in the heart of old Iran, even though he wrote in Arabic (and with
what clarity, simplicity and fore!). Without attempting to complete
enumeration, one cannot refrain from mentioning names like Hakim
Sanai, Shabistari, author of the Gulshan i Raz, and Abu Said
For may centuries this abundant store of mystical
wisdom book for the West. The medieval schoolmen came to know Persian
philosophers such as Avicenna (Ibn Sina) and el Gazel (Ghazali)
through Hebrew and Latin translations but there is no trace of their
having suspected the existence of Persian mystical writings. It
is possible, however, that an indirect influence was exercised by
Moslem mystical poems on the Troubadours.
In this country, it was not until 1774 that Sir
William Jones' Latin Commentaries on Asiatic Poetry opened
the way to knowledge of the Persian writers but the work, inevitably
perhaps, created little stir and bore scarcely any fruit.
It was in Germany, in the Romantic period, that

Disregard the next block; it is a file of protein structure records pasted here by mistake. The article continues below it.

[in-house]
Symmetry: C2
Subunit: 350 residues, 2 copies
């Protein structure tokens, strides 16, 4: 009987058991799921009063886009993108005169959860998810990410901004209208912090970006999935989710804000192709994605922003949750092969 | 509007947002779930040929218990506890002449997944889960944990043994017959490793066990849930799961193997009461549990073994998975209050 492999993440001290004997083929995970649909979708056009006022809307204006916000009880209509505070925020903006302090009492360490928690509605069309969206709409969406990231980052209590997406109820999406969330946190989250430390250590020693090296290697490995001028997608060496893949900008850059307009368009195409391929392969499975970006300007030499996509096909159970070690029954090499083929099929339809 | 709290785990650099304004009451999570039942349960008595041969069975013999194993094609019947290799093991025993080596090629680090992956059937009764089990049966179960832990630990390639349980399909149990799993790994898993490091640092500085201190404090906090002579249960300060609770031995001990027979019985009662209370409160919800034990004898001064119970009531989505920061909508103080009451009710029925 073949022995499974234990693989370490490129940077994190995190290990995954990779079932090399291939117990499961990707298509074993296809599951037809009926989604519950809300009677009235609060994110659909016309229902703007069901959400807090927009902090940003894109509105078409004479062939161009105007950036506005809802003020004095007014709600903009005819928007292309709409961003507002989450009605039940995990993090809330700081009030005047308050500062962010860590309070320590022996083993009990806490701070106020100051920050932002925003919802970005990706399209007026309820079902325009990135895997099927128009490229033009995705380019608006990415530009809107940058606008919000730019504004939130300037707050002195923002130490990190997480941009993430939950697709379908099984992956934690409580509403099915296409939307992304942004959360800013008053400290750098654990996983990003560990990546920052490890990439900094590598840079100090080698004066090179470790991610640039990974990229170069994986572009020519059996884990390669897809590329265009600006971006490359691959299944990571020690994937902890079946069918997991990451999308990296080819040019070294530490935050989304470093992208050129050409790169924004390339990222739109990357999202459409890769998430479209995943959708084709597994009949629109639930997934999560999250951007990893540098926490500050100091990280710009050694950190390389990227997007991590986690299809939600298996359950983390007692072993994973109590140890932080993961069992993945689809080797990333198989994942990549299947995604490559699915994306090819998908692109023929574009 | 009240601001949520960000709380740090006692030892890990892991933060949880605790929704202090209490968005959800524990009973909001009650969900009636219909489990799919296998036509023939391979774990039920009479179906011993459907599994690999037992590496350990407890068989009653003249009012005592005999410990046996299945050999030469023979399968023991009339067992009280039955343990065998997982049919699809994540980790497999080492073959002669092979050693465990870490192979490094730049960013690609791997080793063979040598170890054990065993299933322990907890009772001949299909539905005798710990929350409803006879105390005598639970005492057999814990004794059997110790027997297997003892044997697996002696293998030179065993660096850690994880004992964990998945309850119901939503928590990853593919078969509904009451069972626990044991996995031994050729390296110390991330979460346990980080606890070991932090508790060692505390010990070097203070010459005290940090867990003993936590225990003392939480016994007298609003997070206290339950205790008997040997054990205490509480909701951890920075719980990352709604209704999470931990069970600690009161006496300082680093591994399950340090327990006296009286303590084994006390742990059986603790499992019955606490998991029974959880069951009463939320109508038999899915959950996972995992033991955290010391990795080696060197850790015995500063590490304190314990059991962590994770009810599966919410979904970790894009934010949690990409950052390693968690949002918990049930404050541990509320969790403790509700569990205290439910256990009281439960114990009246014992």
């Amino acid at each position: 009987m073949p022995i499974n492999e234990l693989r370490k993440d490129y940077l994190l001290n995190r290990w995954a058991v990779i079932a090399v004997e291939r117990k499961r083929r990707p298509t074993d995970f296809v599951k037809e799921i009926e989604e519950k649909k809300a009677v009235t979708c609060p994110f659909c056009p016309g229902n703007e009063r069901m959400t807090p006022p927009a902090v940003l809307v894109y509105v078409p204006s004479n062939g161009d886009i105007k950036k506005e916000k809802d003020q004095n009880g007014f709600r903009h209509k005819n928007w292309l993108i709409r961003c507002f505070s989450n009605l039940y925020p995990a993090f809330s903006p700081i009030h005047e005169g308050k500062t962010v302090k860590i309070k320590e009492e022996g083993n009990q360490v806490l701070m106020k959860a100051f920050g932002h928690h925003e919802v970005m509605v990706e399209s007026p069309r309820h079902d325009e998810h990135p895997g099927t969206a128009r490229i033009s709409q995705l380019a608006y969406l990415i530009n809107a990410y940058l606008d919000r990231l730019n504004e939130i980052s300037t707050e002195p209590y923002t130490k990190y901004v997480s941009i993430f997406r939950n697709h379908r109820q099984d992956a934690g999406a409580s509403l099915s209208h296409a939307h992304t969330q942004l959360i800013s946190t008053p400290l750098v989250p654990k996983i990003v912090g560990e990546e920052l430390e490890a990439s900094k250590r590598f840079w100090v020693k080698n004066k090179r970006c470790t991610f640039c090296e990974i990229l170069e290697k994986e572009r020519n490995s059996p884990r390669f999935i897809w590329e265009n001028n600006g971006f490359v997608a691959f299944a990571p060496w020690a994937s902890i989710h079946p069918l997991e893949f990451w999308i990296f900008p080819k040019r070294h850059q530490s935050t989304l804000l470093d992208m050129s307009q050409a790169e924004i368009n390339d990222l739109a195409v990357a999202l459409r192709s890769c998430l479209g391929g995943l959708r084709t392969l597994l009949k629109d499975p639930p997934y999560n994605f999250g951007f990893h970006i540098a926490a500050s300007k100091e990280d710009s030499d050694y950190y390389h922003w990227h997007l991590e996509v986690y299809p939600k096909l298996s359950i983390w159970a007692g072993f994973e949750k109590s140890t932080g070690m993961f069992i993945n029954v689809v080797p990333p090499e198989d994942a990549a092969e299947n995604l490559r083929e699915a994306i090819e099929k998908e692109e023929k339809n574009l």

the great éblouissement came. Goethe's West-östlicher
Diwan was the first consequence of it. Rucker, Herder and others
set themselves with great zeal and application to study Persian
mystical verse and to make it the leaven of the new poetical and
philosophical movement in their country.
During present century German interest in Persian
mysticism was revived by Kazimzadeh Iranshahr, a Persian who settled
in Berlin and published a number of religious booklets based upon
Meanwhile, in England the study of Persian literature
was immensely forwarded by the masterly and abundant work of Professor
E. G. Browne of Cambridge. Browne, moreover, had the good fortune
to find in R. A. Nicholson, later to be his successor in the Chair
of Arabic at Cambridge, a scholar in whom the study of Persian poetry